The process of determining the amount of light that
is needed by the sensor for the required results is
called exposure control. Many digital cameras can
change sensi tivities to maintain practical camera
settings. For example, in low light, sensor sensitivity
increases (just as faster film might be used in film-
based photography) to allow you to set shorter
shutter times or smaller apertures.
It is important to control exposure accurately
and carefully, as it not only ensures you obtain the
best from whatever system you are using, but it also
saves you the time and effort of manipu lat ing the
image unnecessarily at a later stage.
Measuring systems
To determine exposure, the camera measures the
light reflecting from a scene. The simplest system
measures light from the entire field of view, treat ing
all of it equally. This system is found in some
handheld meters and some early SLR cameras.
Many cameras use a center-weighted system, in
which light from the entire field of view is registered,
but more account is taken of that coming from the
central portion of the image (often indicated on the
focusing screen). This can be taken further, so that
the light from most of the image is ignored, except
that from a central part. This can vary from a central
25 percent of the whole area to less than 5 percent.
For critical work, this sel ective area, or spot-
metering, system is the most accurate.
A far more elaborate exposure system divides
the entire image area into a patchwork of zones,
each of which is separately evaluated. This system,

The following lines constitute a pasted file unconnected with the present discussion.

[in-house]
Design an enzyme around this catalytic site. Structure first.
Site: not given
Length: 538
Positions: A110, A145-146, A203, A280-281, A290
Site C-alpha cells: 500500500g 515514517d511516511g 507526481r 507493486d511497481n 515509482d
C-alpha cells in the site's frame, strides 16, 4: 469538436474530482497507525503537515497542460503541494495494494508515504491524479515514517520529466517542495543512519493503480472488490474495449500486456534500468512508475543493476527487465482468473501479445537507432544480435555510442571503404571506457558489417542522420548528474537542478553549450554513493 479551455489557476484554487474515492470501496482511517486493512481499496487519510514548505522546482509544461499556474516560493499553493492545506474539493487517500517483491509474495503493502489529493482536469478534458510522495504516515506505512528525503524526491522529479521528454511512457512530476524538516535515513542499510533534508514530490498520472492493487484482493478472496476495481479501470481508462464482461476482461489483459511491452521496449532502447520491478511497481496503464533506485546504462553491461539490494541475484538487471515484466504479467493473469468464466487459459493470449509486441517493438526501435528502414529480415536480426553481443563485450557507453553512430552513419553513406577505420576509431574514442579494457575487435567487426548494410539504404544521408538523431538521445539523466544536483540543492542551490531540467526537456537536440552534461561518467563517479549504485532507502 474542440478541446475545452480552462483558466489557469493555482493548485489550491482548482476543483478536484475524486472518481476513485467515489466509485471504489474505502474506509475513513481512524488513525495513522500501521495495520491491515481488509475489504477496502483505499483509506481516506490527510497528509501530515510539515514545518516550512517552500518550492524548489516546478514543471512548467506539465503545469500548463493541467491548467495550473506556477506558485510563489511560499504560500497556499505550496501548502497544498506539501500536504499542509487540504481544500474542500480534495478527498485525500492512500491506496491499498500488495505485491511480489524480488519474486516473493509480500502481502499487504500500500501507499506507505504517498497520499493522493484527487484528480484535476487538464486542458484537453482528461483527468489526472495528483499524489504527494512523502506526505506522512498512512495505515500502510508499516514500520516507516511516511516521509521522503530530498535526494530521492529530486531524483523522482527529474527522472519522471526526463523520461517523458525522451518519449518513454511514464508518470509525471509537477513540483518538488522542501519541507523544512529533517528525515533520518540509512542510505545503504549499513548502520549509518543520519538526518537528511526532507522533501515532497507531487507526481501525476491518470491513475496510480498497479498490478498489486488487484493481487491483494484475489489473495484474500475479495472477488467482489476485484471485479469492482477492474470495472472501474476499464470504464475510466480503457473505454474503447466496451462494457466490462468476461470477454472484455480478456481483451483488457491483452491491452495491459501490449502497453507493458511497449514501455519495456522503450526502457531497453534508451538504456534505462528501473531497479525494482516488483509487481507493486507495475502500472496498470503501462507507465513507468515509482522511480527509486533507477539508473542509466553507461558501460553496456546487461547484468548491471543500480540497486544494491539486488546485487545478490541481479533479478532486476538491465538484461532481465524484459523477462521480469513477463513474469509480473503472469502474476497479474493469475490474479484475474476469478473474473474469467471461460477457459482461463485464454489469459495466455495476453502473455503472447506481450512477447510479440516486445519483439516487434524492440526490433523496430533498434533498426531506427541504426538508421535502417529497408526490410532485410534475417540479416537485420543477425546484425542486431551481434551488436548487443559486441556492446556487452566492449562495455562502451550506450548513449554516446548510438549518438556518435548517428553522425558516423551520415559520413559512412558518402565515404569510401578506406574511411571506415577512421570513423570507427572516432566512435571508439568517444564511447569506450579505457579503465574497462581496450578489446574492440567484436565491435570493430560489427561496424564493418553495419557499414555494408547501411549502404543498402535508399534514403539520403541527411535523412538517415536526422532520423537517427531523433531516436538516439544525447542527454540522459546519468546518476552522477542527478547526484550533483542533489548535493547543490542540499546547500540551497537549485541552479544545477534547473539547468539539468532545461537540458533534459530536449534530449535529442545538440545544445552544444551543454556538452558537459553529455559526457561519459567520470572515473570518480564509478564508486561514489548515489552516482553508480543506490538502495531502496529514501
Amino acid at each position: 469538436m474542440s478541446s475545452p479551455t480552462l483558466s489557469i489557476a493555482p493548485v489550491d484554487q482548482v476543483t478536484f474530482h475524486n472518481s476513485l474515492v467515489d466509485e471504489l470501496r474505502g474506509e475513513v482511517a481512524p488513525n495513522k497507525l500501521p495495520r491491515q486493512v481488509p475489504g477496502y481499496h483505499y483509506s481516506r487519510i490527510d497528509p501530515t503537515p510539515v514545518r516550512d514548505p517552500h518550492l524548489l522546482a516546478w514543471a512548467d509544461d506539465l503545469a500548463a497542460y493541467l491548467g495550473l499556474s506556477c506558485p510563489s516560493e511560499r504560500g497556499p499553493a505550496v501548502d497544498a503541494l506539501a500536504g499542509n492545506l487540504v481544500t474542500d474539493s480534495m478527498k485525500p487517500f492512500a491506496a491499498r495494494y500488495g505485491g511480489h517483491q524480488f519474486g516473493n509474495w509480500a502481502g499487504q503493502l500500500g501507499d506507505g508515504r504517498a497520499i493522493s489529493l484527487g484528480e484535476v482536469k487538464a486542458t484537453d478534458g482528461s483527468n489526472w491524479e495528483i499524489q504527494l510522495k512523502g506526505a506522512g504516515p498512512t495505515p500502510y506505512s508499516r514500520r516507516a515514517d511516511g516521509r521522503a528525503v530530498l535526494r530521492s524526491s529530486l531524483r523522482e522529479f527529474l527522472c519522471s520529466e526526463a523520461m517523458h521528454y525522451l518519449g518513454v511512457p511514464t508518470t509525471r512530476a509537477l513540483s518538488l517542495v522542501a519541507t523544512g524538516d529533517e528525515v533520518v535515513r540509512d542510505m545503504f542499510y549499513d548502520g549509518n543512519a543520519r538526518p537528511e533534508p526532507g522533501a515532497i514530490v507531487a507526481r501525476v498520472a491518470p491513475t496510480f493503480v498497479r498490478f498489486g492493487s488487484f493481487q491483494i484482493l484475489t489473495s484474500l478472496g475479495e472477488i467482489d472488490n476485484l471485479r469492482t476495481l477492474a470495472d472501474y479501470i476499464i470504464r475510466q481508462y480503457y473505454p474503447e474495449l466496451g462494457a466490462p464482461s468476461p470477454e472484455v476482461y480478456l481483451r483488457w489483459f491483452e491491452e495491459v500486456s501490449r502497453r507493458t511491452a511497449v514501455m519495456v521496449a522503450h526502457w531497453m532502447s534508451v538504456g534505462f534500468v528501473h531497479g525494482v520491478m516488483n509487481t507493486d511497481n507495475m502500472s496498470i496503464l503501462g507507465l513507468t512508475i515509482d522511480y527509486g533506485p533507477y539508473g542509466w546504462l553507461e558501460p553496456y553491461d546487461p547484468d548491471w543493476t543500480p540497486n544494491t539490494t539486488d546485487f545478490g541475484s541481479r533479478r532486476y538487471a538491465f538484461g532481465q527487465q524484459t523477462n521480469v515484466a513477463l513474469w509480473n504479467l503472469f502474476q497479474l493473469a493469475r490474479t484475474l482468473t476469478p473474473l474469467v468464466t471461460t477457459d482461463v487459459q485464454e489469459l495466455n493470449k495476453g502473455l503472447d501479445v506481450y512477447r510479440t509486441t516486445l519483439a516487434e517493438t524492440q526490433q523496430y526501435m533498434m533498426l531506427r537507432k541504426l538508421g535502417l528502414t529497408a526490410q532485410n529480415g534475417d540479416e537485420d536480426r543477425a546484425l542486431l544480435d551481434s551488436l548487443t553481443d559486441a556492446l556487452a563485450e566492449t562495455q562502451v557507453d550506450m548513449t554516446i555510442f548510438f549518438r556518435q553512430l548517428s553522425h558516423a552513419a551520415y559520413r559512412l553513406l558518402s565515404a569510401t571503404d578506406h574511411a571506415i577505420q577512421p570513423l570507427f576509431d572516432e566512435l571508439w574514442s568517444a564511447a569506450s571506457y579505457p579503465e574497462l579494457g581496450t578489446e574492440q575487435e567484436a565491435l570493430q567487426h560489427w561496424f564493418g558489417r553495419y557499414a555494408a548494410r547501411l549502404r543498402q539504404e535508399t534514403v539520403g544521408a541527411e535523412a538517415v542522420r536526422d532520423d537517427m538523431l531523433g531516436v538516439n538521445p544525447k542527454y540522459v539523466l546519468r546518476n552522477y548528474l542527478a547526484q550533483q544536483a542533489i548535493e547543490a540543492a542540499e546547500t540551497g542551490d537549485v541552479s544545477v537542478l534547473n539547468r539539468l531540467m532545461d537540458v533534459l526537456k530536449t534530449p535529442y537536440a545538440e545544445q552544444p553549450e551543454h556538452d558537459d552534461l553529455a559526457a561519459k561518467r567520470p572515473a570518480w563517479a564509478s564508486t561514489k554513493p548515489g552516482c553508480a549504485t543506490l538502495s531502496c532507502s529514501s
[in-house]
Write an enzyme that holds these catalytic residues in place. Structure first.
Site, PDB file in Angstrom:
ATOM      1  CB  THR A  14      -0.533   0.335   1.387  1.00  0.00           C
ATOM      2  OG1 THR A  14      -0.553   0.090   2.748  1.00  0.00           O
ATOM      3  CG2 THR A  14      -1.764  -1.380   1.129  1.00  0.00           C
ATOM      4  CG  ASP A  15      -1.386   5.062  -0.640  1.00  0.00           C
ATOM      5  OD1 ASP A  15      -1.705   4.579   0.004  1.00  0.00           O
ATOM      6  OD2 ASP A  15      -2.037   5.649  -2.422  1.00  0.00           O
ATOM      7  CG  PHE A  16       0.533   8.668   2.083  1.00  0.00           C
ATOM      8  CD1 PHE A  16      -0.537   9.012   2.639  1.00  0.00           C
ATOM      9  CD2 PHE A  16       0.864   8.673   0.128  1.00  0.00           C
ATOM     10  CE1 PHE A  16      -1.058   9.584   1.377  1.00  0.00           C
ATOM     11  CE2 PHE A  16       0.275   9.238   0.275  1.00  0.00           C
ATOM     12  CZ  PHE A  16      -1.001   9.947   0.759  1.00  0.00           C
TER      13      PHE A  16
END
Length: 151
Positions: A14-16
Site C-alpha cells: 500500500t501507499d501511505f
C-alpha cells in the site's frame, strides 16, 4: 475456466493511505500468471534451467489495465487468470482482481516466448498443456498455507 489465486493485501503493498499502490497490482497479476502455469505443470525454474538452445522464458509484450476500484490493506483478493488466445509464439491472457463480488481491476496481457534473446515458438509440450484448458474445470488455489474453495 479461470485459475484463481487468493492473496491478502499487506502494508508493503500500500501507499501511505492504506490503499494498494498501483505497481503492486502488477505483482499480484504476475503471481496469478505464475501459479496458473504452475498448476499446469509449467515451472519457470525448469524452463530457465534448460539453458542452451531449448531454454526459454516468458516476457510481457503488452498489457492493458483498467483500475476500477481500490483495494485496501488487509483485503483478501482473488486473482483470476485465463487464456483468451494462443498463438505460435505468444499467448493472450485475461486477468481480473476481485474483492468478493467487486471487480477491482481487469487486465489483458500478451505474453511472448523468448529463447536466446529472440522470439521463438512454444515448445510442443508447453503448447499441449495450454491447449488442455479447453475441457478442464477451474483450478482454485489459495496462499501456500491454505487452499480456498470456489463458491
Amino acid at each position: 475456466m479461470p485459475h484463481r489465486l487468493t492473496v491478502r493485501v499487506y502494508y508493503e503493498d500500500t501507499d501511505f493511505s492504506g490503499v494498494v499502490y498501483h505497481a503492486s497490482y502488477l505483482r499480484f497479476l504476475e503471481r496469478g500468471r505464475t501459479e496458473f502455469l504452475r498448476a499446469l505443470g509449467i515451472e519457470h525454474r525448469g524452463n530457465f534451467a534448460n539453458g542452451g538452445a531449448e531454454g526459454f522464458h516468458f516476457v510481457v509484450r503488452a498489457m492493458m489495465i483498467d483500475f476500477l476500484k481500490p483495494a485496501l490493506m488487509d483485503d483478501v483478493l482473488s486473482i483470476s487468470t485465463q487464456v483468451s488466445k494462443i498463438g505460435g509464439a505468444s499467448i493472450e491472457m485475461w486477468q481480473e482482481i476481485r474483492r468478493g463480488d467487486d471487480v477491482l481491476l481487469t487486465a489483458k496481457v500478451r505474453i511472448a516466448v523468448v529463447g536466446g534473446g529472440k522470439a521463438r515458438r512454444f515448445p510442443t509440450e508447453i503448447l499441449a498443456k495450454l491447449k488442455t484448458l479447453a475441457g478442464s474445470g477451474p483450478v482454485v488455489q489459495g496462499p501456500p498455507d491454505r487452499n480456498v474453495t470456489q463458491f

commonly referred to as evaluative or matrix
metering, is extremely successful at delivering
consistently accurate expos ures over a wide range
of unusual or demanding lighting conditions.
As good as they are, the exposure systems found
in modern cameras are not perfect. There will be
times when you have to give the automa tion a
help ing hand—usually when the lighting is most
interesting or challeng ing. This is why it is so
crucially important to understand what exactly
constitutes “optimum exposure.
Optimized dynamics
Every photographic medium has a range over
which it can make accurate records—beyond that,
the representation is less precise. This accuracy
range is represented by a scale of grays either side
of the mid-tone, from dark tones with detail (for
example, dark hair with some individual strands
distinguish able) to light tones showing texture (for
example, paper showing creases and wrinkles, and
perhaps some fibers). If you locate your exposure
so that the most important tone of your image
What is “correct”?
To the eye, this scene
was brighter and less
colorful than seen here.
A technically correct
exposure would have
produced a lighter
image—thus failing to
record the sunset colors.
Although it looks like this
might challenge a basic
system, by placing the sun
center frame you guarantee
underexposure, resulting,
as in this example, in a
visually better image
than a “correct” exposure
would produce.

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